An Interesting article - any response?
poulsen at DK-ONLINE.DK
Sat Dec 7 16:25:33 CST 1996
>> ....(without an umpire there may be little hope that
>> the cat be made to conform to the ancient rules - and become
>> a pigeon.)
> Or vice versa, unfortunately.
You would have to sharpen your perception a bit, this excercise
in simultaneous conducted discussions seems to be wearing
you down :-)
>> Anyway dear Shrisha Rao, we must
>> see if we can fend for ourselves, even with the prospect
>> of facing dualistic mathematicians (or vice versa?), and all sorts
>> of impressive entities.
>I beg your pardon? I don't understand.
I thought these mathematicians to be something out of the ordinary
in terms of mental capacity?
Forget it, the serious part begins now.
>...the "dvaitee" does not hold any state "in special regard,"
>and would in fact completely deny that there is a difference between
>the states as such (in being different states of reality rather than
>different states of cognition of a continuous reality).
>> A) From the standpoint of the human entity the dream state is
>> pervaded by the waking state, its creations are dependant on it
>> and is finally brought to a stop by the apparent reality of the
>> waking state - the last thought-forms of the dream may even
>> be caused directly by interference from the waking state (like
>> an alarm-clock.)
>Again, I'm sorry if I'm a little dense, but I don't gather your point
But the meaning hopefully? This was the simple part. Some people
would ascribe a higher reality to the waking state because of the
above, but. -
These four human states of consciousness are the
correspondences to four states of being which constitute the
framework of vedic thought. Furthermore they are associated
with four human principles or bodies. In philosophy the terms
macrocosmic and microcosmic are sometimes employed
to differ between the universal and human principles.
This correspondence is vital to the understanding of, at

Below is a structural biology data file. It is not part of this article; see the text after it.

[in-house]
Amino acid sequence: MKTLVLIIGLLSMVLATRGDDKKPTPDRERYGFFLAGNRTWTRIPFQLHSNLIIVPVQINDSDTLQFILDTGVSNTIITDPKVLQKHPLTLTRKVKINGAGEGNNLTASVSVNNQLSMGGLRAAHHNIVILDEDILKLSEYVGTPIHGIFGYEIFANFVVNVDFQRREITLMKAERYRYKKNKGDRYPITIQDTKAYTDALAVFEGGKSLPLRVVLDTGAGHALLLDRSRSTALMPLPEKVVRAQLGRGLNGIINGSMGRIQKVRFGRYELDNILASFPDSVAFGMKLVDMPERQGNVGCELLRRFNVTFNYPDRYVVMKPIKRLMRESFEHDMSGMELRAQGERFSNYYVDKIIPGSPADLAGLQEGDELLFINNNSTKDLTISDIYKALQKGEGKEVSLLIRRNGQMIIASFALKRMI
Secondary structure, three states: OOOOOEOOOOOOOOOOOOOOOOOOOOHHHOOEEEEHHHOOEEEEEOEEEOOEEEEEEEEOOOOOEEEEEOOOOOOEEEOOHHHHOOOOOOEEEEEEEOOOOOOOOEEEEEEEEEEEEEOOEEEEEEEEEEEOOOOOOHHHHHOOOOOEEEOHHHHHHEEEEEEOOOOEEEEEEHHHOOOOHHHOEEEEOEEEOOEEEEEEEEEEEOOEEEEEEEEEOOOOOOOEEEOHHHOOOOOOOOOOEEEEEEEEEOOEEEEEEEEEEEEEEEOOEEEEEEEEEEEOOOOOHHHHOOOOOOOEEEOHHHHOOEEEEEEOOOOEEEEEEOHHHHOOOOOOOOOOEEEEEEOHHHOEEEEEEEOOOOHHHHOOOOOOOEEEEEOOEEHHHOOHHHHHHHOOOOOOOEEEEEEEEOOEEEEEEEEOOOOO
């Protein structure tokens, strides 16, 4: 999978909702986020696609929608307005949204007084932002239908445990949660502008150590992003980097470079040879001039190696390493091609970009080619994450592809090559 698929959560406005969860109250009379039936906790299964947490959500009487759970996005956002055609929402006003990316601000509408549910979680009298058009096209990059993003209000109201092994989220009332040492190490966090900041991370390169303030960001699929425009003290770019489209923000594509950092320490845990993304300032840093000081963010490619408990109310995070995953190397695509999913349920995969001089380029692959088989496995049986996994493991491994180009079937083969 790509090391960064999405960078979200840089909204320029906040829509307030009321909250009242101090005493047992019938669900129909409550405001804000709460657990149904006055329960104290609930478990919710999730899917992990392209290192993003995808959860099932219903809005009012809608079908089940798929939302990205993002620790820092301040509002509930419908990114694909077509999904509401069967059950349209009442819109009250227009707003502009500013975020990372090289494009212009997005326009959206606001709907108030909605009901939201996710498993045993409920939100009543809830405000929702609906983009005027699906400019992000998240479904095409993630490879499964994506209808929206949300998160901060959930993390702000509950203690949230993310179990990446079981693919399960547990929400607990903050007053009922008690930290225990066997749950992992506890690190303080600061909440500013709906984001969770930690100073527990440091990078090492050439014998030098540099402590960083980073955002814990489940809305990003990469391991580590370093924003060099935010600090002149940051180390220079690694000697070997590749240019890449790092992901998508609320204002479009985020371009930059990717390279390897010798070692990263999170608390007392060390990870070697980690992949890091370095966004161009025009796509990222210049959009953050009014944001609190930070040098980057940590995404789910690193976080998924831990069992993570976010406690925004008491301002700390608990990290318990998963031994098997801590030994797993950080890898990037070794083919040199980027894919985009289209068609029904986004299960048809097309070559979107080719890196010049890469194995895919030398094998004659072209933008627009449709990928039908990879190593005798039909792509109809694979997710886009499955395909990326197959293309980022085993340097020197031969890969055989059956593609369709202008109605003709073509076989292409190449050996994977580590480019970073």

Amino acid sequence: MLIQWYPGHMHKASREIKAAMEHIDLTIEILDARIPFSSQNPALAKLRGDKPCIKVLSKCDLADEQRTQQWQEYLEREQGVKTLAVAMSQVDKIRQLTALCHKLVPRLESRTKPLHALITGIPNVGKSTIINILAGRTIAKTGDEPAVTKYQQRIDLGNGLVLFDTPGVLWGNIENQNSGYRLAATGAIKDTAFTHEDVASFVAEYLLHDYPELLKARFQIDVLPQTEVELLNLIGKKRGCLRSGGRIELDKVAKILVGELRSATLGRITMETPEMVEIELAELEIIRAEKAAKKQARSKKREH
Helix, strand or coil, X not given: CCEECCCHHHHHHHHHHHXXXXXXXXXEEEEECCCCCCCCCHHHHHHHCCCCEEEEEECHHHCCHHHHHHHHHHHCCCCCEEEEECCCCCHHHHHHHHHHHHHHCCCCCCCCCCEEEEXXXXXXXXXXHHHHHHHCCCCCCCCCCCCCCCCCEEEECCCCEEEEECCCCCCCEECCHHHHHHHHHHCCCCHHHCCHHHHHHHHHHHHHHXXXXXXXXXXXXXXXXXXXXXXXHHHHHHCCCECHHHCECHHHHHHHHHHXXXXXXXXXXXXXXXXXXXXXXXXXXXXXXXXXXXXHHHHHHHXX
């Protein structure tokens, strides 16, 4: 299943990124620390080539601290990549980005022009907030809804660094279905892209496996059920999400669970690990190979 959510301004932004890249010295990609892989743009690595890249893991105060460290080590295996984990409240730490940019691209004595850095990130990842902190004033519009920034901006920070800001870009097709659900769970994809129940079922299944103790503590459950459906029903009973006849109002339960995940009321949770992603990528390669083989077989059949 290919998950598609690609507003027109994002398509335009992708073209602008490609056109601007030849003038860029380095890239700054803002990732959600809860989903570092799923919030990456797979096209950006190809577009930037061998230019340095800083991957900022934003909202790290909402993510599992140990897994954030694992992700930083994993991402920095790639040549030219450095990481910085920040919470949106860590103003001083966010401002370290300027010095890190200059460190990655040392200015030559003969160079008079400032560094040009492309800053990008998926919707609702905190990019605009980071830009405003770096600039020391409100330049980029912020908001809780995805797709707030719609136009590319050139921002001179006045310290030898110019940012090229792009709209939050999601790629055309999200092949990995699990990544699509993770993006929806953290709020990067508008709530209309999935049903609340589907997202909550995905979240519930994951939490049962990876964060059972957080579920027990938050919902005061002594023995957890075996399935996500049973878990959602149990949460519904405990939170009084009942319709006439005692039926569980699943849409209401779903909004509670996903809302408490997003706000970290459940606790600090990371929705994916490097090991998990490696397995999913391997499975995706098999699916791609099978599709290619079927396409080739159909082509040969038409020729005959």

least, advaita philosophers. When Sureshvara in his
commentary on the Dakshinamurti Stotra inserts the
nihilistic views of buddhists regarding nirvana and let
the shlokas treating of sushupti answer it, this is
employing the principle of analogy. Maybe Dvaita
philosophers works differently, I would not know.
>> B) From the standpoint of the ishvara the case is reversed,
>> it is the state of the logos, the maya prakriti, which form
>> the basis of our objective world, the nature of the 3 gunas.
>Ishvara is not subject to dreaming or deep sleep at all, is He? But
>perhaps you meant something else?
Is this a trap - subject and ishvara?
"Like the sun veiled by the cloud, parameshvara, the supreme
lord himself, quite deluded by maya, appears to be of
limited power and limited knowledge"
Dakshinamurti stotra 1.19
The subjects here are the jiivas, the jiivabhuutam.
We are dealing with the correspondences to the dream sleep, and
these jiivas are in their subjective state - between two incarnations.
These jiivas are essentially one on the plane above this - the real
plane of the ishvara. This is the prakriti of the ishvara, where the
maya shakti rules.
The two lower states, the subjective and objective (corresponding
to the dream and waking states of man) are the fields for one type
of cycle - the samsara, a self-exisiting, causal change between the
subjective and objective.